Morality, Metaphors and Narratives

January 28, 2017

 

We are intuitive beings that think metaphorically. Narratives are filled with archetypical, cultural, and personal metaphors or figurative speech. Metaphors are a vital component of our language because they allow us to interpret our surroundings. Narratives give meanings to our lives.  Not only are metaphors found in narratives but our brains metaphorically speaking crave for narratives because the metaphors found in the narratives directly attack and unlock our unconscious processes (Lakoff, 2008).

 

 

We like to think that we have total control of our anatomies. However, it is actually our unconscious processes that ultimately drive our everyday actions. Metaphors are not only effective in cracking the unconscious mind, but they also have the power to establish deep emotional connections with one another (Lakoff, 2008). I personally believe that morality comes from the institutive yearning to feel connected to something or someone. We are naturally driven to connect. Hence, it is possible that morality evolved as a way to establish the well-being of a person in order to avoid being frequently ill. That entailed getting along with those in the same surroundings, and in even other group associations. I believe it all comes down to the philosophy that says "treat others as you would like to be treated.”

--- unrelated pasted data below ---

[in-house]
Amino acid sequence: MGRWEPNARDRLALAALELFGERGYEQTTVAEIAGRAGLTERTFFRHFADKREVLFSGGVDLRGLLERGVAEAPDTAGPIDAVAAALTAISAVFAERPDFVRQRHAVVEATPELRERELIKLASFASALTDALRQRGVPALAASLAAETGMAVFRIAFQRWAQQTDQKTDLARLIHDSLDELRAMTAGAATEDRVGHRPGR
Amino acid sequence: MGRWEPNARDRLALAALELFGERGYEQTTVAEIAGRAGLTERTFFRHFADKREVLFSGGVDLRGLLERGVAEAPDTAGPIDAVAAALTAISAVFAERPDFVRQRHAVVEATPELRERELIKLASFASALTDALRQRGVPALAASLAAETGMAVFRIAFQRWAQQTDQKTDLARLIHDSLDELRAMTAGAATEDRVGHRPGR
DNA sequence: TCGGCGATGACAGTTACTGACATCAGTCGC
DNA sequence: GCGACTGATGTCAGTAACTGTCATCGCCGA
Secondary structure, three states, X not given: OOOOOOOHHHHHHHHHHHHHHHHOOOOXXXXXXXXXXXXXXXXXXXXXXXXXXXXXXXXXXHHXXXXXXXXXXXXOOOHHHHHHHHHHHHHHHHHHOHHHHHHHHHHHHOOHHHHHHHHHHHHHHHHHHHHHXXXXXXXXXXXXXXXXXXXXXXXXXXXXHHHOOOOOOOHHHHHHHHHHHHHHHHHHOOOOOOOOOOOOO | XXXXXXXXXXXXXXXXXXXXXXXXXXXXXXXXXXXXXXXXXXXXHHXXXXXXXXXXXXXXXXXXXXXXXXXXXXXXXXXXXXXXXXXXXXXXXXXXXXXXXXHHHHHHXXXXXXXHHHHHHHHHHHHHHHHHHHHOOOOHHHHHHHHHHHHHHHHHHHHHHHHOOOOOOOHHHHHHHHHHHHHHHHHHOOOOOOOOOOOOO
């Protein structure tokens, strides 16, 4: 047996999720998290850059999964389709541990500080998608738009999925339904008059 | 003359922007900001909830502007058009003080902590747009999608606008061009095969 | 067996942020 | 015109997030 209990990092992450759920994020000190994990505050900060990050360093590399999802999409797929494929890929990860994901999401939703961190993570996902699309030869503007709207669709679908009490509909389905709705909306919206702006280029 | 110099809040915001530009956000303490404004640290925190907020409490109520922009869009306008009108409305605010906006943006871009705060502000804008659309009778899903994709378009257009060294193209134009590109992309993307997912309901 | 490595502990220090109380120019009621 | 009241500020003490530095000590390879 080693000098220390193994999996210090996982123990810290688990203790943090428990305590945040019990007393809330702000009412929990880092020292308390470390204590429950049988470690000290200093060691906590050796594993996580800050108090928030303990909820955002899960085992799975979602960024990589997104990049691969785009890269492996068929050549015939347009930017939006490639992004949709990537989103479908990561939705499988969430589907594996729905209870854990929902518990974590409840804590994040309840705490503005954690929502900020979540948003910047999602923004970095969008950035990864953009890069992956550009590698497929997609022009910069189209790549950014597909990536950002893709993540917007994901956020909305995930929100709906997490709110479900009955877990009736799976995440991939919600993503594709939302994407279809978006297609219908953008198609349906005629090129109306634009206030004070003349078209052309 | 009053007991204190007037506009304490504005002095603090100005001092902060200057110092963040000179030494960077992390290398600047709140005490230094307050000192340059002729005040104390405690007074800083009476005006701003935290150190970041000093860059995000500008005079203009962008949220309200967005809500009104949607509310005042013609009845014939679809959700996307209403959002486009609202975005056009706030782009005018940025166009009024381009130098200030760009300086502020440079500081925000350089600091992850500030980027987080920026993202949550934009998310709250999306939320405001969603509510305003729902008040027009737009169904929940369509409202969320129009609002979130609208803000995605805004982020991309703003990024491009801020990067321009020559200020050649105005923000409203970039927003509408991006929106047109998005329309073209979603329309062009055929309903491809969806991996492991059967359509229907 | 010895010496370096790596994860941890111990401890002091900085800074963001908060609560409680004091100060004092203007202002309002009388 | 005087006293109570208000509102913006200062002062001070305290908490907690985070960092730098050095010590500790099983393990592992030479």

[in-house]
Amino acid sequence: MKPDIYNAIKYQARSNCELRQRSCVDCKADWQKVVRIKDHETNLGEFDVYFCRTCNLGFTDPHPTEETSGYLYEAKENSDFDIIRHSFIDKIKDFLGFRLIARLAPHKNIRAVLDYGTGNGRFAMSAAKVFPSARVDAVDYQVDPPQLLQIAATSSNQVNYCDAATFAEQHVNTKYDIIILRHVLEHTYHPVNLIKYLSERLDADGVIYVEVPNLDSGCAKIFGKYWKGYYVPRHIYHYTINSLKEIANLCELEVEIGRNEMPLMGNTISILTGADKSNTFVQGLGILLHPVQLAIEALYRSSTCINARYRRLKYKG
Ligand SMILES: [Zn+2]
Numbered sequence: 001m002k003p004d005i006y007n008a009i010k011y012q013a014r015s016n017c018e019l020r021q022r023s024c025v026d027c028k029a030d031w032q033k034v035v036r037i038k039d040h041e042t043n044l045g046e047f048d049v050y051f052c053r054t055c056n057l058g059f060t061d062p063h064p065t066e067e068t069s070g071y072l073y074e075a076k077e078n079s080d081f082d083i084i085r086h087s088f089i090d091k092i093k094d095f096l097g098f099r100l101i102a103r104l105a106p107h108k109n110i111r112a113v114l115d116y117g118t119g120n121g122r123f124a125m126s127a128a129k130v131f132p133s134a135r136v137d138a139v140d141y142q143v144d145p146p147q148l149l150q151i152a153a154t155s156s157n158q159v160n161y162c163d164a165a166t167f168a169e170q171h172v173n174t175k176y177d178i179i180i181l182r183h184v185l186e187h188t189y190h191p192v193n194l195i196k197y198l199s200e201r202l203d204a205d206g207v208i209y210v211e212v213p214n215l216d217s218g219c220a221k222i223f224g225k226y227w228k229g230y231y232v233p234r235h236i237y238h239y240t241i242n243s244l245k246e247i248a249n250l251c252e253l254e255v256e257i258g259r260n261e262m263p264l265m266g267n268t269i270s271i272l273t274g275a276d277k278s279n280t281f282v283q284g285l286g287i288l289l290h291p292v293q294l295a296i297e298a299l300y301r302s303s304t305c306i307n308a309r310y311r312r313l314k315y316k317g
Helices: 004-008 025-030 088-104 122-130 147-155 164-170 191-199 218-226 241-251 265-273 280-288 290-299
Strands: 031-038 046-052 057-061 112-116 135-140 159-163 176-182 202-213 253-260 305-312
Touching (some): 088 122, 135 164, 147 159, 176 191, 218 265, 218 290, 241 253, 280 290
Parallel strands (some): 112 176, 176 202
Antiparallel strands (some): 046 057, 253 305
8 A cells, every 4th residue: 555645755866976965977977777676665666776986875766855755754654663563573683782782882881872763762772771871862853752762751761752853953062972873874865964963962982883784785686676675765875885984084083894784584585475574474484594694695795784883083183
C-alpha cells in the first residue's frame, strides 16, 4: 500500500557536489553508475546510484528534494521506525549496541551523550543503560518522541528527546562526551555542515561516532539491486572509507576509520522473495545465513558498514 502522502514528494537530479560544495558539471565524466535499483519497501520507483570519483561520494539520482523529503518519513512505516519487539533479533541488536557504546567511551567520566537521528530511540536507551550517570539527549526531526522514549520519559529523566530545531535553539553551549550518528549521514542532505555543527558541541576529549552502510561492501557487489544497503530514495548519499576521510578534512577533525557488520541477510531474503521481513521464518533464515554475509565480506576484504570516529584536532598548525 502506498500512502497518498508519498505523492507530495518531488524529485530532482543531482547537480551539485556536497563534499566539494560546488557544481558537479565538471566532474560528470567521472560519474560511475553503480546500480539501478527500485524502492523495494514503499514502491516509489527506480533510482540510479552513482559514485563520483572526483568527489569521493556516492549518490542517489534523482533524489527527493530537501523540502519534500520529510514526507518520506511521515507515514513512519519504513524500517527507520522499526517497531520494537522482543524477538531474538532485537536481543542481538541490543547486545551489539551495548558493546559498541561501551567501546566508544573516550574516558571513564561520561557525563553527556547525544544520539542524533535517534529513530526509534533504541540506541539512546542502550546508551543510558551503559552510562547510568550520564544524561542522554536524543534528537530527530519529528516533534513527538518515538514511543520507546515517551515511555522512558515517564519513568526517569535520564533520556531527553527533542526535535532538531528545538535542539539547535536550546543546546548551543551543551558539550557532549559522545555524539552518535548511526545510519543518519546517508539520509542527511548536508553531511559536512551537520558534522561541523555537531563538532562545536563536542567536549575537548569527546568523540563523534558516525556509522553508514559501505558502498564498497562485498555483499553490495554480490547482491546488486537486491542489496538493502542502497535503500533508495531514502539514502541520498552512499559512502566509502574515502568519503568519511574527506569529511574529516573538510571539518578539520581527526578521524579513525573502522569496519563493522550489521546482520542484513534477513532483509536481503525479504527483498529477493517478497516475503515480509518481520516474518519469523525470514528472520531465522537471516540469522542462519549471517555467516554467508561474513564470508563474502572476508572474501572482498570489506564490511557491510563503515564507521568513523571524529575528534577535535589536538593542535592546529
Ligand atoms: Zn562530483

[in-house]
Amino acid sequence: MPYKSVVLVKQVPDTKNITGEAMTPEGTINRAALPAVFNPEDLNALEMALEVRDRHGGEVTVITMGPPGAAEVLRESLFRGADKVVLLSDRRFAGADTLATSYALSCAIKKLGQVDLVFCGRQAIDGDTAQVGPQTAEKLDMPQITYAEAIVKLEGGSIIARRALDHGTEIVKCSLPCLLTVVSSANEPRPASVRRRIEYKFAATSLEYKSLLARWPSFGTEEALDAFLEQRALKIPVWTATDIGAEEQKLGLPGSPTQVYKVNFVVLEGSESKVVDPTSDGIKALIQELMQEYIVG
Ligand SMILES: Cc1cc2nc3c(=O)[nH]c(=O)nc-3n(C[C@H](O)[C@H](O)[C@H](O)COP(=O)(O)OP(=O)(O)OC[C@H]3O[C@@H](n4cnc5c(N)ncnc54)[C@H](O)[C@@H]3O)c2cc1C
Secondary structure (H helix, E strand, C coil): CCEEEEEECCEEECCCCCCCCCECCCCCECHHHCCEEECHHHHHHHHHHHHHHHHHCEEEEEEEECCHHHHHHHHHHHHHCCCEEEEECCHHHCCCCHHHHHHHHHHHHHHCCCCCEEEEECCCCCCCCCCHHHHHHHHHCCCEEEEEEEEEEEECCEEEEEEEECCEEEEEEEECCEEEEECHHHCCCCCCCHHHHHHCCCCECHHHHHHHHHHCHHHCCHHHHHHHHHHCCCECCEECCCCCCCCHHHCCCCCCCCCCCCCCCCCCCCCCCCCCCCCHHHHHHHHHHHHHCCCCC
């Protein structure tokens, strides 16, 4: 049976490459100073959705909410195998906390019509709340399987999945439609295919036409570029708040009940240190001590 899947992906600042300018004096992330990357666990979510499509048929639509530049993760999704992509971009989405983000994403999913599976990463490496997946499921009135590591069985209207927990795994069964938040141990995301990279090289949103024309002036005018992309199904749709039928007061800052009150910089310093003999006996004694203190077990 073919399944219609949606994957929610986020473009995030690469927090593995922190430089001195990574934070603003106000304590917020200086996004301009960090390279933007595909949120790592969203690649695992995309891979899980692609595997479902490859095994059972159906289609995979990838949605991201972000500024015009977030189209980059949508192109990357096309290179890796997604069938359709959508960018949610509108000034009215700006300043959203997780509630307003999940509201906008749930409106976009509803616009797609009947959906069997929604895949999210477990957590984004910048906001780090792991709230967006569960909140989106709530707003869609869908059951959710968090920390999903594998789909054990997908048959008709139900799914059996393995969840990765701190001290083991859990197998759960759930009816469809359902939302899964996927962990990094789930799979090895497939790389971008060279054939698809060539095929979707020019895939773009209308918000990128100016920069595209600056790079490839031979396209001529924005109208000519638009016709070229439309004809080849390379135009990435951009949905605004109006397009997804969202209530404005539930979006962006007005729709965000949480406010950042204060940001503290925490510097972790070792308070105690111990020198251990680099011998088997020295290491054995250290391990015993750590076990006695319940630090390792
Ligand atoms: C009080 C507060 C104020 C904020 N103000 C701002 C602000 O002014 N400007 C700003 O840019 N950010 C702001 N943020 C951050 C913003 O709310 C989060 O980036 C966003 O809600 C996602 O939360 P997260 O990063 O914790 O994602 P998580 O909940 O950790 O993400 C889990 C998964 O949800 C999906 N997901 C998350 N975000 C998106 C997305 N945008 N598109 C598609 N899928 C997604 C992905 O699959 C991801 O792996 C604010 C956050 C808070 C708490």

Mirror neurons allow us to connect with others, and when combined with figurative language or metaphors, we are able to understand our place in the cosmos as well as the relationships that we have with other individuals. At this moment in time there is a critical need for the dissemination of positive and empathetic narratives because the collective morality of our society is being threatened due to power, greed, and money of those controlling our lives.

 

 

 

Reference

Lakoff, G. (2008). The political brain. Viking Penguin. Retrieved from

 

https://read.amazon.com/

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